Information on public trust in government going back to early in this century is sketchy, but what does exist, along with more recent data, is consistent with long cycles .15 Robert Lane detected an increased trust in government in the 1930s, which he saw resulting from the expectation that the federal government could bring the economy out of depression.16 We add that the relatively limited economic role of the federal government into the 1930s, along with the perceived success of many of the progressive measures enacted earlier in the century, was also important in the increased trust in government, an increase that probably began earlier than the 1930s. Data from University of Michigan polling that began in 1958, indicate that trust in government continued to increase into the 1960s, peaking around 1964. Since that time trust has declined significantly (though not monotonically), with it reaching about 25 percent in 1994.17 This decline in trust coincides with the expansion in the federal government's economic role and corresponding increase in federal spending, beginning with President Johnson's "Great Society" initiatives in the mid-1960s, which have been largely subverted by organized-interest groups and seldom generated the public benefits promised. Whether this decline in trust results in a significant reduction in government spending and influence, with an eventual turnaround in public trust, remains to be seen.
5. The Case for Constitutional Constraints
A clear understanding of the role of trust in government and the problems associated with expressive voting also provides a strengthened case for constitutional constraints. It is entirely feasible that well devised constitutional constraints can effectively expand the realm of government activities over which public trust is both warranted and beneficial. For example, a constitutional limitation prohibiting the Federal Reserve System from expanding the money supply faster than the real growth rate of GNP could significantly increase trust in the governmentís ability to maintain a stable price level. This same constraint could limit governmentís ability to become Leviathan by financing itís expansion through money creation. A constitutionally imposed flat tax could increase all taxpayerís trust in government since an individualís taxes could not be changed without changing those of all other taxpayers simultaneously. As illustrated by Brennen and Buchanan in their 1980 treatise on The Power to Tax, "if government is constitutionally required to follow precepts of generality in its fiscal dealings with citizens the revenue potential that could possibly be derived from sophisticated discrimination among separate persons and taxpayers is foreclosed." We contend however, that such constitutional constraints would also be subject to cycles of public trust in government and therefore, limited in effectiveness. As early as 1951, Henry Simons supported this notion with the position that "Constitutional provisions are no stronger than the consensus that they articulate. At best, they can only check abuses of power until moral pressure is mobilized; and their check must become ineffective if often overtly used."
6. Conclusion---Is Trust Incompatible with Trustworthy?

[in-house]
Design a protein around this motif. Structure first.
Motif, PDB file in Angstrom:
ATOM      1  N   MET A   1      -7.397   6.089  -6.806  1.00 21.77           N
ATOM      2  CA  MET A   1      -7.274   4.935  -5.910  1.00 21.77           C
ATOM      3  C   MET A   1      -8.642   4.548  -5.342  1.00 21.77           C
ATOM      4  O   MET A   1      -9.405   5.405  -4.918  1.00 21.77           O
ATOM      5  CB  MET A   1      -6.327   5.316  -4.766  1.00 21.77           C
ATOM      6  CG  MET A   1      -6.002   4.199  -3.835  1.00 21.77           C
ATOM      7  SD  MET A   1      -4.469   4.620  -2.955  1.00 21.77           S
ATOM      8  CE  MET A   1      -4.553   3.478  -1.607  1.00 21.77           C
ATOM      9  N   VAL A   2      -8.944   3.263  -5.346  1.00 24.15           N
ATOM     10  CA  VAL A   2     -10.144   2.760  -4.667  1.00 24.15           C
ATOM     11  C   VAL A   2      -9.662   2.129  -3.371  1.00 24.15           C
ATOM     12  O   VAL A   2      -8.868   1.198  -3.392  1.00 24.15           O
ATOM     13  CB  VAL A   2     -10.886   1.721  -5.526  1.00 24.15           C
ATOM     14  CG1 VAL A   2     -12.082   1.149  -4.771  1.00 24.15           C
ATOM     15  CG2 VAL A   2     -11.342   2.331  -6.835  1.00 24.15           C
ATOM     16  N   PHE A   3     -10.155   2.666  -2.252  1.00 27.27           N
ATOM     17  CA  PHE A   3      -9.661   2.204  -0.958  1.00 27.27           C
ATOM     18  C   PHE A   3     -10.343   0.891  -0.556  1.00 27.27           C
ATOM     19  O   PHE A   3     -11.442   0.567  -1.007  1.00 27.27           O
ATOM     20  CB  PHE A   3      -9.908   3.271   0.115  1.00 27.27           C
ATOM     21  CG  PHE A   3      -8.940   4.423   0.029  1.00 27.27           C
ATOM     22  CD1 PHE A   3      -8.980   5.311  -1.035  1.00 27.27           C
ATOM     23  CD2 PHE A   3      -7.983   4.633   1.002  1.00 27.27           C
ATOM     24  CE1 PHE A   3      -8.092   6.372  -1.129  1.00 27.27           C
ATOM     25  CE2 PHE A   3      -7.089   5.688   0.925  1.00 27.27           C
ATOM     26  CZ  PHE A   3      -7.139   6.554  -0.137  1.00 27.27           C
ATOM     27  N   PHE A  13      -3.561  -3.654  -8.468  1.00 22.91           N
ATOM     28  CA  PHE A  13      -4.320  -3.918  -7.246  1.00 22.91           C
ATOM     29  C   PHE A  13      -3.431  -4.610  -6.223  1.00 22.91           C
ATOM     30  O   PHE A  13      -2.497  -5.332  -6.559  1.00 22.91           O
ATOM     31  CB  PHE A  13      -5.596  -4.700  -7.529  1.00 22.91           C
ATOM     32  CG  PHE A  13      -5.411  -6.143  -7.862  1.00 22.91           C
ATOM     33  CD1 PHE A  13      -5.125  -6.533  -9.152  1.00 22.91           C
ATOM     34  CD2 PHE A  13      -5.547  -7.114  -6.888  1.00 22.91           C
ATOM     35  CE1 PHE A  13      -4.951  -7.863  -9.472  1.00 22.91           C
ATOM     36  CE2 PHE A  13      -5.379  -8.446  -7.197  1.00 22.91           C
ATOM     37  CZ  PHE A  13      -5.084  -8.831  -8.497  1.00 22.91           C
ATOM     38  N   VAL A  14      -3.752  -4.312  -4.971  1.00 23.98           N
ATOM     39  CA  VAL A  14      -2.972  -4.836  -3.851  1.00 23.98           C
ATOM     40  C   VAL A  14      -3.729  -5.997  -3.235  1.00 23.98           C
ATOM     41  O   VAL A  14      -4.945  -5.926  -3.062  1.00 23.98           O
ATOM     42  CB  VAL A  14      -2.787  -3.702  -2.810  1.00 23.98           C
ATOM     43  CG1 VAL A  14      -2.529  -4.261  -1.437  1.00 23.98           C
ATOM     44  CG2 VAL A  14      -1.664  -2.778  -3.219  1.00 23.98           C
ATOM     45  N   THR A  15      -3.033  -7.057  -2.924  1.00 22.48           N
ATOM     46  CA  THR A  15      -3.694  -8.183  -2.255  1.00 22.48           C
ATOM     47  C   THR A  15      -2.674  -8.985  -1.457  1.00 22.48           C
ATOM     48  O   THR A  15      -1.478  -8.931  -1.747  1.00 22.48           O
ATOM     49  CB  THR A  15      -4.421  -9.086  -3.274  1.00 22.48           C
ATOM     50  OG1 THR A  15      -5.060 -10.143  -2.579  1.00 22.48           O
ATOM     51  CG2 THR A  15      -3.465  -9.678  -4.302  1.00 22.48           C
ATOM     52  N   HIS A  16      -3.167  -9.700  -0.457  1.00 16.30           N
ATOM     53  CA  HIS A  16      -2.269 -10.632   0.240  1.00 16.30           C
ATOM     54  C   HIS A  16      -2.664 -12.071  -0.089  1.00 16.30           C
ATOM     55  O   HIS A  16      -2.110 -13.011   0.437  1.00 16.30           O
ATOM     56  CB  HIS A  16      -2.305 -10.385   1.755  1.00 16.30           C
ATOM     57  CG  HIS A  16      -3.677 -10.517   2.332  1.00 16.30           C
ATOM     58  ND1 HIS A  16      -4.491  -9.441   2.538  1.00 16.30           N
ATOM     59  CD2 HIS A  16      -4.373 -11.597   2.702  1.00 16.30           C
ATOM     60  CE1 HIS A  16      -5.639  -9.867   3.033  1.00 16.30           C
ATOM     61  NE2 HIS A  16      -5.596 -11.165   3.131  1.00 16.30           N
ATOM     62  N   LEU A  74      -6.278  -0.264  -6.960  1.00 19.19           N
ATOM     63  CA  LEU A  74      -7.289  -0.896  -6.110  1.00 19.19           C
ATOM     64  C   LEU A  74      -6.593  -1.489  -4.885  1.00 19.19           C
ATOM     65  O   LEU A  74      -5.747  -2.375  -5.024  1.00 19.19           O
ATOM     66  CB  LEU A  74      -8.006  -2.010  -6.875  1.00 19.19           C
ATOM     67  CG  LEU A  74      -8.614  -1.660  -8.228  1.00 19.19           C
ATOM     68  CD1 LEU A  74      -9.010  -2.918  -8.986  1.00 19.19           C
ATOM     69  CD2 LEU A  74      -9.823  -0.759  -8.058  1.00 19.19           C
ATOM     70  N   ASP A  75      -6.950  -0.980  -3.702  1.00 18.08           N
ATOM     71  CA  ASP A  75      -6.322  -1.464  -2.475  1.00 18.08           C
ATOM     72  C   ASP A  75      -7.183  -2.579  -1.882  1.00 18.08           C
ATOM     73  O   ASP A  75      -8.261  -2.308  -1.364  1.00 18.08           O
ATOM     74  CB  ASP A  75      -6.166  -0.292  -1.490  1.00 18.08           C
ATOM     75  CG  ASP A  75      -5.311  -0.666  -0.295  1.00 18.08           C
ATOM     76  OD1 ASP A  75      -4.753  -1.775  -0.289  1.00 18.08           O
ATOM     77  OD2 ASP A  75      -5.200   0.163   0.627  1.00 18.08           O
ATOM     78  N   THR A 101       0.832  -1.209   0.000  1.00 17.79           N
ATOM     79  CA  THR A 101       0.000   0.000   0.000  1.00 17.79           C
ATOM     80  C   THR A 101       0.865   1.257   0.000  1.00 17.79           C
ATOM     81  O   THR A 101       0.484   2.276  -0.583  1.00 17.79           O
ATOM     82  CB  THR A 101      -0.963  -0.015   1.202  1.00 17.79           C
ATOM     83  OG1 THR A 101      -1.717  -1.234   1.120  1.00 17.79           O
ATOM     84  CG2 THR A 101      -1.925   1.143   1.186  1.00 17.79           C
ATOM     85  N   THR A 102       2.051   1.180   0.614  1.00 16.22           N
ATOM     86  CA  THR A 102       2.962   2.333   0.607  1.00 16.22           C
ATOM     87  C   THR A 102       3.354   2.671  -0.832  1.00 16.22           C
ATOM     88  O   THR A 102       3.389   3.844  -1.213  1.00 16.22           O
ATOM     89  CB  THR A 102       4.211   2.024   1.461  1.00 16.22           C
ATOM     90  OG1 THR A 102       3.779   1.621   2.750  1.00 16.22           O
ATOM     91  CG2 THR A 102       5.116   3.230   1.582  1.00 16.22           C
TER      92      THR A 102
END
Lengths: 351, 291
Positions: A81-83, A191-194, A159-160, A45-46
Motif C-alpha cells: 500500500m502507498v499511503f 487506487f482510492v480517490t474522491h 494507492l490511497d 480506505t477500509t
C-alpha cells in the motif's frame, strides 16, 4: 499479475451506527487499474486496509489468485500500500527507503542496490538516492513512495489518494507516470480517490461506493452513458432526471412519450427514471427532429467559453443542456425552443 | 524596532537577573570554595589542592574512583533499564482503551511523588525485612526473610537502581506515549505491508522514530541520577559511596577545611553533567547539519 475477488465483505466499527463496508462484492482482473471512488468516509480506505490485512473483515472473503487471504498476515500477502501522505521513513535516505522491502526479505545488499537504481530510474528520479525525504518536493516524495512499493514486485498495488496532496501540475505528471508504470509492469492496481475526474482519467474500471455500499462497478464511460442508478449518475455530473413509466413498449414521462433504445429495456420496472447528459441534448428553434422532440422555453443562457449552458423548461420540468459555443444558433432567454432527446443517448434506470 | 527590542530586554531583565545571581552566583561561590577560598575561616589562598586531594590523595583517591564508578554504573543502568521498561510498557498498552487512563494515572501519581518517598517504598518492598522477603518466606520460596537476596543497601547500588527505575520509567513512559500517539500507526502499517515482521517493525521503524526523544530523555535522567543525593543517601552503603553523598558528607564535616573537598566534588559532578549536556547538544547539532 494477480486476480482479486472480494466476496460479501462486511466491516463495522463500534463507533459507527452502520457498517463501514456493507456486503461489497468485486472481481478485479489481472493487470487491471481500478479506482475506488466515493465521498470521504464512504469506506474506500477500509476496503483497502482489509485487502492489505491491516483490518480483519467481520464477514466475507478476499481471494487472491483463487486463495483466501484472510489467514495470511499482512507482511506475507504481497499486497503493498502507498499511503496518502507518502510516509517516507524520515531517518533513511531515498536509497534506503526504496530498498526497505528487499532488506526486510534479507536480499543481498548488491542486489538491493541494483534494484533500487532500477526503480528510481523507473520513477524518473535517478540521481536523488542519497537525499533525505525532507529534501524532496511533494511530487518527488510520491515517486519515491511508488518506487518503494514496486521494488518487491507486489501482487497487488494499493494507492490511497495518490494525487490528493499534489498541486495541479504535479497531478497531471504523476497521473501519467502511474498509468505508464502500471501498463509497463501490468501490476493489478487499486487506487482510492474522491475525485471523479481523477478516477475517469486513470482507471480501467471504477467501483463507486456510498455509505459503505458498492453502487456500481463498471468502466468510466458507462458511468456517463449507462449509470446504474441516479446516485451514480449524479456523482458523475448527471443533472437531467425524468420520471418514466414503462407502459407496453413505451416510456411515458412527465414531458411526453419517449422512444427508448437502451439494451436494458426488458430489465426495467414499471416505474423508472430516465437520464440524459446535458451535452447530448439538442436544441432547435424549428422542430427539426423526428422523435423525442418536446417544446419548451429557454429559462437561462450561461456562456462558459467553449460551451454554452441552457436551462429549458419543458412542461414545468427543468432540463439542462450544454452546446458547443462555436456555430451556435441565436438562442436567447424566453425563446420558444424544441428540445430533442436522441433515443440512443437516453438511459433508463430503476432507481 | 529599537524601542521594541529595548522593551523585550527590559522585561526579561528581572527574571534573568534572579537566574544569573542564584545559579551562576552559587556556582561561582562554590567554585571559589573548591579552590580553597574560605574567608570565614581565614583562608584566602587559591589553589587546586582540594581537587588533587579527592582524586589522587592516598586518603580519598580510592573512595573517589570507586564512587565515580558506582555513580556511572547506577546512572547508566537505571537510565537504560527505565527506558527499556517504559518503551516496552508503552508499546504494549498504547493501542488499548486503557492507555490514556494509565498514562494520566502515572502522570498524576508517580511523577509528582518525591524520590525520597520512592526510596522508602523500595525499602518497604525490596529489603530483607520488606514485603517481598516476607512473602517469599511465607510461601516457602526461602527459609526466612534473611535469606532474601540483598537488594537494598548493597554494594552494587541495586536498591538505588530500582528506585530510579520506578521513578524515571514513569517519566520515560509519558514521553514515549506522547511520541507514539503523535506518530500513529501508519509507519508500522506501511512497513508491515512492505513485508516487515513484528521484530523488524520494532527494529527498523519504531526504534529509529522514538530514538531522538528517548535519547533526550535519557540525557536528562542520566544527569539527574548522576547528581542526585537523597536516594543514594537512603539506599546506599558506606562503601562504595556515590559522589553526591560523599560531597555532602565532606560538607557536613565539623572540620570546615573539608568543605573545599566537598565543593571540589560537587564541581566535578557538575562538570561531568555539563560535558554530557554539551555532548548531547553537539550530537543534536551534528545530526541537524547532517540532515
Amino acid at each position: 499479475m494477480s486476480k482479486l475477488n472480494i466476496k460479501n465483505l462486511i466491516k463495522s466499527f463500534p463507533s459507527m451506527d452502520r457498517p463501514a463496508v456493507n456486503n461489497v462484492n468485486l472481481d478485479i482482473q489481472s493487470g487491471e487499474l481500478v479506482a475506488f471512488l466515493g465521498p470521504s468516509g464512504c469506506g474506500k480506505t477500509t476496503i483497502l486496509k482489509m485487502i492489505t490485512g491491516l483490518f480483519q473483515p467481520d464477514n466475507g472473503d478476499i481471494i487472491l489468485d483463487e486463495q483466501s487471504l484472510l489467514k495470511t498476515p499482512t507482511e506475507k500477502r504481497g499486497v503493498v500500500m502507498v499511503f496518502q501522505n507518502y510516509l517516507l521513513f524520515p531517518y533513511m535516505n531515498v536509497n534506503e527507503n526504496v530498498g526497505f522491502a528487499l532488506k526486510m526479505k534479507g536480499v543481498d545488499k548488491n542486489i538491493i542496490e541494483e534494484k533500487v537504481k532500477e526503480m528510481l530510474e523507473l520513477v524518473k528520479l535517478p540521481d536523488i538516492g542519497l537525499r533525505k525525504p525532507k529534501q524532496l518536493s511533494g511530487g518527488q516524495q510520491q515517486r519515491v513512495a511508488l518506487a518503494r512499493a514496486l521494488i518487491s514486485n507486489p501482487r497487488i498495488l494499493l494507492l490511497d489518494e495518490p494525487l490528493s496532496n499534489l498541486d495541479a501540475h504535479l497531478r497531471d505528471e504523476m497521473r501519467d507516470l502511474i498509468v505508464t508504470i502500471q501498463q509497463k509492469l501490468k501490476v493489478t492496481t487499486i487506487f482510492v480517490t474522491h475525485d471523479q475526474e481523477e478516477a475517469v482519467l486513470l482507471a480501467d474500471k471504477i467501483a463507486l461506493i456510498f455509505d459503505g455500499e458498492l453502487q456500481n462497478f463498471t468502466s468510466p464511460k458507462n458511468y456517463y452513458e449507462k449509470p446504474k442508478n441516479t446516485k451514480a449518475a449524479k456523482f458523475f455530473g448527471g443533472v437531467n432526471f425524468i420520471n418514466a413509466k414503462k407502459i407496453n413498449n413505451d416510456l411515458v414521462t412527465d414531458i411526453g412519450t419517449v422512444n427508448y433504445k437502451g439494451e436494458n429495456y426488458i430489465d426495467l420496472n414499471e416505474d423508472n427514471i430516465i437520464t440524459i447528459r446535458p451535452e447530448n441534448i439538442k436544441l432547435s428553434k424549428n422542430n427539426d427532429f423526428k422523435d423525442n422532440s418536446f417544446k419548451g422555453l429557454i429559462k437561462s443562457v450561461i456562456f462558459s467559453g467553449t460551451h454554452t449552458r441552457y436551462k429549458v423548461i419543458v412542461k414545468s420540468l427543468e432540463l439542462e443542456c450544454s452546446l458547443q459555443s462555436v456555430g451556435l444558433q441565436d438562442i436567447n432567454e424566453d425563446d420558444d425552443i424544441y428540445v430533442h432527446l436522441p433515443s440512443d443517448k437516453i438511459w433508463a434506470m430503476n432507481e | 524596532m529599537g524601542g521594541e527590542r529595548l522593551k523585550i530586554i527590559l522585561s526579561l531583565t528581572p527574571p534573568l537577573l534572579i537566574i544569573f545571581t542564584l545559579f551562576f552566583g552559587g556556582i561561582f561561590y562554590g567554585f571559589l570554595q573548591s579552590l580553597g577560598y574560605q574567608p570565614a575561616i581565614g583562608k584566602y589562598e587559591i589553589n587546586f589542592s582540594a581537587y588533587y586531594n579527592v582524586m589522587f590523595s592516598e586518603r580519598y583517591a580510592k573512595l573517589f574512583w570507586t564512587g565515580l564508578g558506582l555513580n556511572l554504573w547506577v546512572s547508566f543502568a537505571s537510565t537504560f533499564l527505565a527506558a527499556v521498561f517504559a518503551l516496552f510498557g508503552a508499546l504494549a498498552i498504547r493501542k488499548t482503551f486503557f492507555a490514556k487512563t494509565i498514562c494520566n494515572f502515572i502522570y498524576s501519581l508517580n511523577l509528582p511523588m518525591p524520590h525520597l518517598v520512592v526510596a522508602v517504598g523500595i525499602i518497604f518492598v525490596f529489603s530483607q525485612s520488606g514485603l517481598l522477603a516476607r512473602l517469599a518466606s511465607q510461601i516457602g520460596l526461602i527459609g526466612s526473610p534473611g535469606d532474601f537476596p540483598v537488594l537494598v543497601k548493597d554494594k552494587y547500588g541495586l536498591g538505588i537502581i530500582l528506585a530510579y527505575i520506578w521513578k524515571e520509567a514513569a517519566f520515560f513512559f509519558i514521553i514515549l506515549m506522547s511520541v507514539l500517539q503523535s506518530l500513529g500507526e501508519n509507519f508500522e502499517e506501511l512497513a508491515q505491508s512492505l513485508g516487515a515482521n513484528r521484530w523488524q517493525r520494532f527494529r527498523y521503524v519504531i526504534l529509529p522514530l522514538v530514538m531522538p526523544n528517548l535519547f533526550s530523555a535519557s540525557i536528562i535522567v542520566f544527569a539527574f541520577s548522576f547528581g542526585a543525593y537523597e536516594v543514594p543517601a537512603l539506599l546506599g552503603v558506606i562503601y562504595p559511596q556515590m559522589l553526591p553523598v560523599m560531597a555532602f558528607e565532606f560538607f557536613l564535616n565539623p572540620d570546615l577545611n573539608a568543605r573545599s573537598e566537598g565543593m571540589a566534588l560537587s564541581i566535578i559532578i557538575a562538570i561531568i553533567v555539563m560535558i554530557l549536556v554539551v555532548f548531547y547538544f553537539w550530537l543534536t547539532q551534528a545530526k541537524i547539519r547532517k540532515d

Addressing the issue of trust in government requires considering how good an agent government is to the general interest of the public. The better agent government is (the more control the general public has over it), the more trust it can safely be granted. The more trustworthy the government, the more it can be trusted. While this point seems obvious, it is often ignored by those who want more trust in government. But we agree with those concerned with the erosion of trust that the connection between trust and trustworthy is more complicated than putting trustworthy before trust. Surely, without some minimum level of trust, a government cannot be trustworthy. But we believe that this minimum level of trust is very minimal, with trust in government easily increased into the range in which it destroys trustworthy government.
Certainly when trust has reached the point where government action is recommended for solving almost every imaginable social problem, it is inconsistent with government's performing in a way that justifies that trust. Such a level of trust will open the door for politically compelling demands for government to do things it cannot do, or only do poorly, at costs that exceed the benefits. Public skepticism is necessary if government is to be limited to activities in which it can add to social value. Such skepticism is needed to overcome the temptation of voters to feel good by supporting government programs that will invariably be corrupted by organized interests. What do we mean by a healthy dose of skepticism in government? A level that would find a majority of voters feeling noble about voting against government proposals, no matter how noble the objectives of those proposals are claimed to be. Finally, constitutional constraints can extend the realm of activity over which trust in government can be both beneficial and effective and significantly reduce the need for Buchanan and Brennanís ĎNobel lieí.
Ackerman, Bruce A. and Hassler, William T. Clean Air/Dirty Air, or How the Clean Air Act Became a Multibillion Dollar Bailout to High-Sulfur Coal Producers and What Should Be Done about It, New Haven: Yale University Press, 1981.
Brennan, Geoffrey and Buchanan, James M. "Voter Choice: Evaluating Political Alternatives," American Behavioral Scientist, Vol. 28, No. 2, Nov/Dec 1984, pp. 185-201.
Brennan, Geoffrey and Buchanan, James M. "Is Public Choice Immoral? The Case for the 'Nobel' Lie," Virginia Law Review, Vol. 74, No. 2, 1988, pp. 179-89.
Brennan, Geoffrey and Lomasky, Loren. Democracy and Decision: The Pure Theory of Electoral Preference, Cambridge: Cambridge University Press, 1993.